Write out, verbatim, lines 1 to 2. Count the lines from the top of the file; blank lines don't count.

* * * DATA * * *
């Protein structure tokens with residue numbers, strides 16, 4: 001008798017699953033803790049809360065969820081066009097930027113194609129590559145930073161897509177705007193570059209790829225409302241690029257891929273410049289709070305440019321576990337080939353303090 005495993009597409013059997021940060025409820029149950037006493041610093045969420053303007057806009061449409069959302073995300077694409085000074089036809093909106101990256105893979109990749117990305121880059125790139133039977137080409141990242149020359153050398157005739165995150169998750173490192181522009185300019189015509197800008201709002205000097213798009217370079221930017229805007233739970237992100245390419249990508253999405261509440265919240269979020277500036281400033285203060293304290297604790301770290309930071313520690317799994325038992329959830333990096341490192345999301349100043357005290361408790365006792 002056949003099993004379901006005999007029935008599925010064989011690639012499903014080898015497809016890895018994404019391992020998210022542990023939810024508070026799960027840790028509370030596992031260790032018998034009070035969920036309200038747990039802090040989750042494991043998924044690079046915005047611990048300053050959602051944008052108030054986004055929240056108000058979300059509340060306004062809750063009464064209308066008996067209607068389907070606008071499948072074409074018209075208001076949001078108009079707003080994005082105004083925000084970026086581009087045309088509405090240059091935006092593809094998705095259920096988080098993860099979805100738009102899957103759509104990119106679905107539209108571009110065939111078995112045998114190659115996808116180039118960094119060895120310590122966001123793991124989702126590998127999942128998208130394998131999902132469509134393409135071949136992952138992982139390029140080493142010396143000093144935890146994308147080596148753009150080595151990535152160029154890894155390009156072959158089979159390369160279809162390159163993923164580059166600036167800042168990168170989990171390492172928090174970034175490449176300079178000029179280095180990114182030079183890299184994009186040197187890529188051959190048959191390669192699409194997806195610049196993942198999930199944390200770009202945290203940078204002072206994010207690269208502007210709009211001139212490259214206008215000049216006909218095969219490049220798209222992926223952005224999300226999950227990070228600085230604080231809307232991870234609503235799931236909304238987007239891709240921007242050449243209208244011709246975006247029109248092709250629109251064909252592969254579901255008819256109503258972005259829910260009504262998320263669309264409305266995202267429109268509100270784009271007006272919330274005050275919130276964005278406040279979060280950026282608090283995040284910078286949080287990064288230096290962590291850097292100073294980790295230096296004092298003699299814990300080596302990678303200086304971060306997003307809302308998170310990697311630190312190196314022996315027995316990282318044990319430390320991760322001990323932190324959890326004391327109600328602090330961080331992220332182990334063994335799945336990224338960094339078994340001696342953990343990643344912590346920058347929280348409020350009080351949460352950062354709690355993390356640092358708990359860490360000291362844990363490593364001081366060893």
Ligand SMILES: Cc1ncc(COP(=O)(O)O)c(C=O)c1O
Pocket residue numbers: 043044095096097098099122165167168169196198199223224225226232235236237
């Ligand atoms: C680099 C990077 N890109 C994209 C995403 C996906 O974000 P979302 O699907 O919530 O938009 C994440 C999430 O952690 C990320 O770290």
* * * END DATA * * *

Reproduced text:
């Protein structure tokens with residue numbers, strides 16, 4: 001008798017699953033803790049809360065969820081066009097930027113194609129590559145930073161897509177705007193570059209790829225409302241690029257891929273410049289709070305440019321576990337080939353303090 005495993009597409013059997021940060025409820029149950037006493041610093045969420053303007057806009061449409069959302073995300077694409085000074089036809093909106101990256105893979109990749117990305121880059125790139133039977137080409141990242149020359153050398157005739165995150169998750173490192181522009185300019189015509197800008201709002205000097213798009217370079221930017229805007233739970237992100245390419249990508253999405261509440265919240269979020277500036281400033285203060293304290297604790301770290309930071313520690317799994325038992329959830333990096341490192345999301349100043357005290361408790365006792 002056949003099993004379901006005999007029935008599925010064989011690639012499903014080898015497809016890895018994404019391992020998210022542990023939810024508070026799960027840790028509370030596992031260790032018998034009070035969920036309200038747990039802090040989750042494991043998924044690079046915005047611990048300053050959602051944008052108030054986004055929240056108000058979300059509340060306004062809750063009464064209308066008996067209607068389907070606008071499948072074409074018209075208001076949001078108009079707003080994005082105004083925000084970026086581009087045309088509405090240059091935006092593809094998705095259920096988080098993860099979805100738009102899957103759509104990119106679905107539209108571009110065939111078995112045998114190659115996808116180039118960094119060895120310590122966001123793991124989702126590998127999942128998208130394998131999902132469509134393409135071949136992952138992982139390029140080493142010396143000093144935890146994308147080596148753009150080595151990535152160029154890894155390009156072959158089979159390369160279809162390159163993923164580059166600036167800042168990168170989990171390492172928090174970034175490449176300079178000029179280095180990114182030079183890299184994009186040197187890529188051959190048959191390669192699409194997806195610049196993942198999930199944390200770009202945290203940078204002072206994010207690269208502007210709009211001139212490259214206008215000049216006909218095969219490049220798209222992926223952005224999300226999950227990070228600085230604080231809307232991870234609503235799931236909304238987007239891709240921007242050449243209208244011709246975006247029109248092709250629109251064909252592969254579901255008819256109503258972005259829910260009504262998320263669309264409305266995202267429109268509100270784009271007006272919330274005050275919130276964005278406040279979060280950026282608090283995040284910078286949080287990064288230096290962590291850097292100073294980790295230096296004092298003699299814990300080596302990678303200086304971060306997003307809302308998170310990697311630190312190196314022996315027995316990282318044990319430390320991760322001990323932190324959890326004391327109600328602090330961080331992220332182990334063994335799945336990224338960094339078994340001696342953990343990643344912590346920058347929280348409020350009080351949460352950062354709690355993390356640092358708990359860490360000291362844990363490593364001081366060893």
Ligand SMILES: Cc1ncc(COP(=O)(O)O)c(C=O)c1O